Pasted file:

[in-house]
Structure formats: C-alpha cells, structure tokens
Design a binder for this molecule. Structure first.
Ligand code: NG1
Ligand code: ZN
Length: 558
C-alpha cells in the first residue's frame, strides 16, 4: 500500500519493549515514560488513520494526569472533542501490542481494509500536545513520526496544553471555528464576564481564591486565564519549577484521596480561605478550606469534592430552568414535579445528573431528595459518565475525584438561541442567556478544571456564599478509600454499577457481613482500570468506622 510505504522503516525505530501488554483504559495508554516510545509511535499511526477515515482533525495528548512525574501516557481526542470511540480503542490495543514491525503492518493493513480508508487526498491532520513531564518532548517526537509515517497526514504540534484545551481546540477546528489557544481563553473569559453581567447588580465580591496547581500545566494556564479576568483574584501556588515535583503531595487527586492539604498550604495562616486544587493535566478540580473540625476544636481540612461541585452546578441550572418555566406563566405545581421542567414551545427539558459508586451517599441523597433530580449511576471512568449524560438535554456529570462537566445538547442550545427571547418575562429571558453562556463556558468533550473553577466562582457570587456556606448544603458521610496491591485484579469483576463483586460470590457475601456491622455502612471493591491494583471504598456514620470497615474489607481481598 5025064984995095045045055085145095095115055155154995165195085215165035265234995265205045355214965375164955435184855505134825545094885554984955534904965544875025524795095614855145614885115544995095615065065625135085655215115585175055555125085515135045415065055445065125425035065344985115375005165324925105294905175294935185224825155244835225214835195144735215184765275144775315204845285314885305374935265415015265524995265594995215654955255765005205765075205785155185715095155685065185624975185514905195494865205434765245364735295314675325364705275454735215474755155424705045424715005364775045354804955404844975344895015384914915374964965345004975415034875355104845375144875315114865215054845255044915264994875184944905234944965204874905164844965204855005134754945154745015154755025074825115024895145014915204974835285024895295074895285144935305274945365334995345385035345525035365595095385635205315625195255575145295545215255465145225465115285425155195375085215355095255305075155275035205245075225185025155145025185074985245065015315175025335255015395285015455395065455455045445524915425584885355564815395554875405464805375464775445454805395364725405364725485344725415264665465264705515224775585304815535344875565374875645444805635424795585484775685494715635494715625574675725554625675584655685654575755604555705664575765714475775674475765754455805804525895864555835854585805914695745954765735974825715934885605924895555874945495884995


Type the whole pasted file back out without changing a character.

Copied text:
[in-house]
Structure formats: C-alpha cells, structure tokens
Design a binder for this molecule. Structure first.
Ligand code: NG1
Ligand code: ZN
Length: 558
C-alpha cells in the first residue's frame, strides 16, 4: 500500500519493549515514560488513520494526569472533542501490542481494509500536545513520526496544553471555528464576564481564591486565564519549577484521596480561605478550606469534592430552568414535579445528573431528595459518565475525584438561541442567556478544571456564599478509600454499577457481613482500570468506622 510505504522503516525505530501488554483504559495508554516510545509511535499511526477515515482533525495528548512525574501516557481526542470511540480503542490495543514491525503492518493493513480508508487526498491532520513531564518532548517526537509515517497526514504540534484545551481546540477546528489557544481563553473569559453581567447588580465580591496547581500545566494556564479576568483574584501556588515535583503531595487527586492539604498550604495562616486544587493535566478540580473540625476544636481540612461541585452546578441550572418555566406563566405545581421542567414551545427539558459508586451517599441523597433530580449511576471512568449524560438535554456529570462537566445538547442550545427571547418575562429571558453562556463556558468533550473553577466562582457570587456556606448544603458521610496491591485484579469483576463483586460470590457475601456491622455502612471493591491494583471504598456514620470497615474489607481481598 5025064984995095045045055085145095095115055155154995165195085215165035265234995265205045355214965375164955435184855505134825545094885554984955534904965544875025524795095614855145614885115544995095615065065625135085655215115585175055555125085515135045415065055445065125425035065344985115375005165324925105294905175294935185224825155244835225214835195144735215184765275144775315204845285314885305374935265415015265524995265594995215654955255765005205765075205785155185715095155685065185624975185514905195494865205434765245364735295314675325364705275454735215474755155424705045424715005364775045354804955404844975344895015384914915374964965345004975415034875355104845375144875315114865215054845255044915264994875184944905234944965204874905164844965204855005134754945154745015154755025074825115024895145014915204974835285024895295074895285144935305274945365334995345385035345525035365595095385635205315625195255575145295545215255465145225465115285425155195375085215355095255305075155275035205245075225185025155145025185074985245065015315175025335255015395285015455395065455455045445524915425584885355564815395554875405464805375464775445454805395364725405364725485344725415264665465264705515224775585304815535344875565374875645444805635424795585484775685494715635494715625574675725554625675584655685654575755604555705664575765714475775674475765754455805804525895864555835854585805914695745954765735974825715934885605924895555874945495884995